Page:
Cheney Free Press -

A little Q & A with Medical Lake's City Council candidates

 

November 2, 2017

Monica Manza

(Editor's Note: Some portions of responses may have been edited for space concerns.)

Medical Lake Council Position No. 1

John Paikuli ran unopposed in August but now has Monica Manza, who ran unsuccessfully for Position No. 2, as a write-in opponent.

How do you feel about Medical Lake's policing, contracting with the Spokane County Sheriff's Office:

Paikuli: I'm quite happy with the Sheriff and the service they provide. They have been professional, responsive and our level of liability is much less than with our own department. If we start our own it will cost us more and we always struggled to keep officers here as they used us to get training and then move to higher paying agencies.

Manza: I think the city can do better.  Let's look at renegotiating the contract. I know there are citizens who feel that our city is ignored and the response times are very slow. I would consider a MLPD if the city can afford it and have a chief that is ethical and hires the best people. Community safety is foremost and we do not have continuous coverage, which leaves us vulnerable.

What about the challenge of growth?

Paikuli: I love Medical Lake and have stayed here for the small town atmosphere, our small businesses and tight-knit school district. I love being able to travel eight minutes and enjoy the commercialization of Airway Heights, travel 12 minutes and enjoy the university atmosphere of Cheney, or travel 16 minutes to the bustle of Spokane while still enjoying our small town. Manza: Growth is good and Medical Lake can learn to adjust. We already have empty lots and houses, some are for sale, some rentals and some in foreclosure. We will have more opportunities for grants if we are over 5,000 because the competition would be less and there are less than 200 cities in Washington at the 5,000 plus population.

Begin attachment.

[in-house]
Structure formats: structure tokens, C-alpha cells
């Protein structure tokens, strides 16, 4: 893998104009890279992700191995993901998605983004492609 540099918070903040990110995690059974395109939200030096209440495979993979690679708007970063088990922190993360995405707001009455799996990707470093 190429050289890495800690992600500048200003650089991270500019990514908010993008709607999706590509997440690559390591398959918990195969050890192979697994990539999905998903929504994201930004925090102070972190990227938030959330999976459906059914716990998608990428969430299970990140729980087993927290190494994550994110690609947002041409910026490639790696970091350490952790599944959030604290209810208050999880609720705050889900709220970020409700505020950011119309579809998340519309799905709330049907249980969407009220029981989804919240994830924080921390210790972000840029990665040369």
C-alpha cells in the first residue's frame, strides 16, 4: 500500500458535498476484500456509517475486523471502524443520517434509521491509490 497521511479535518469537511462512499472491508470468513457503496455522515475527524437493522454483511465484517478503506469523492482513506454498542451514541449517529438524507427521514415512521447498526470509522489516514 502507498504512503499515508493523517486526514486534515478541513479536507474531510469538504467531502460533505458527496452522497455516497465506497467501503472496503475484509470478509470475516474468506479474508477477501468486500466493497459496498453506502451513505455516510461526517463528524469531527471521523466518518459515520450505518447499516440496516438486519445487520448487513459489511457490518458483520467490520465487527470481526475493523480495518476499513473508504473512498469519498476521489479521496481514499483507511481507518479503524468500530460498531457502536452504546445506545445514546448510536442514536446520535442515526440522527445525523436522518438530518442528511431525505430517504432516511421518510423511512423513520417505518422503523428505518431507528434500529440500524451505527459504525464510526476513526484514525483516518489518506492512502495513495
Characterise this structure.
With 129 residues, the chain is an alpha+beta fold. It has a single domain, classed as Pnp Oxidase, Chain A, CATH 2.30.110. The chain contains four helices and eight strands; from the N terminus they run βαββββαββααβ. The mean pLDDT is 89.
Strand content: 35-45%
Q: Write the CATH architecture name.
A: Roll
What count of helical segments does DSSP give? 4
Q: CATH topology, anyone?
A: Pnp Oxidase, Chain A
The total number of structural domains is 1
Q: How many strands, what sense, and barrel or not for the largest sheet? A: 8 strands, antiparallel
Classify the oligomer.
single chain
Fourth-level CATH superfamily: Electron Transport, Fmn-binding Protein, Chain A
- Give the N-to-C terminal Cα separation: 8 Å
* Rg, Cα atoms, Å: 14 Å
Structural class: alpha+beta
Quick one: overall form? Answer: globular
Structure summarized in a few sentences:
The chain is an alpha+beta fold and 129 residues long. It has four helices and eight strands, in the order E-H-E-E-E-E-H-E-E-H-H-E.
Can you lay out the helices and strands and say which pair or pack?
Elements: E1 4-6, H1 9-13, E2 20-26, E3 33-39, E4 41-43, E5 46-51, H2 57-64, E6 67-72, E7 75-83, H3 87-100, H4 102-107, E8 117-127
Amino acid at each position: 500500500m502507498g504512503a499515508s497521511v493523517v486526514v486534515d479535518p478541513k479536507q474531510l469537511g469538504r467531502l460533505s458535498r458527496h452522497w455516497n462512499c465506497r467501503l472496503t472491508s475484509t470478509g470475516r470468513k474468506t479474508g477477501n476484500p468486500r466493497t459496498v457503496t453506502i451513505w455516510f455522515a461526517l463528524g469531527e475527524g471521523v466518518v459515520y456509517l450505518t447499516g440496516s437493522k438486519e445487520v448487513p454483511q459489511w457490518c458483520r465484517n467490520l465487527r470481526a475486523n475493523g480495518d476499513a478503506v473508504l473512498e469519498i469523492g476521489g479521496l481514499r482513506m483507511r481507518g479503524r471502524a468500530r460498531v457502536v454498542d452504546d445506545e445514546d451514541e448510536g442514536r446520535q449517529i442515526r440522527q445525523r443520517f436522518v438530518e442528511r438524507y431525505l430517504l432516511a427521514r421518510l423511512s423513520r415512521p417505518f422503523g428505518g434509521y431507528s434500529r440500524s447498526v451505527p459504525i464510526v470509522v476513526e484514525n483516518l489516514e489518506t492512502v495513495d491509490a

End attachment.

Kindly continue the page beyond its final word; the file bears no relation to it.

What about issues with water on the West Plains?

Paikuli: The state has limited us by restricting our ability to drill more wells. This means we have three choices: 1. Tie into Spokane and purchase water from them at much higher rates than we're used to and risk possible annexation; 2. We can further limit the amount of water each household can use to make room for more hookups; 3. Lastly, we can accept our city as it is and grow to the limit of our last hookups, which is my preference.

Manza: There are ways of collecting water, how about a reserve tank, rain water collection. Although the expense would be greater, we could hook up with Spokane water. If absolutely needed, the possibility of taping into the state wells, or drilling a well. 

Pick an issue:

John Paikuli

Paikuli: There's been lots of talk of expanding services in our city with our own police force and a full time fire department. All of these ideas take money. We are fortunate to finally be 100 percent out of debt and free up some more money. It might be the year to look at a couple of full-time EMTs. However, anything further and we will have to wonder what existing services we are going to give up to add something more.

Manza: The fire department and its operations are very important, including hiring a full time chief and staff. Listening to the citizens is key and we need to make the City Council meetings more accessible using technology. I would hold town hall forums for the citizens to ask questions. Open government with transparency is needed.  

 

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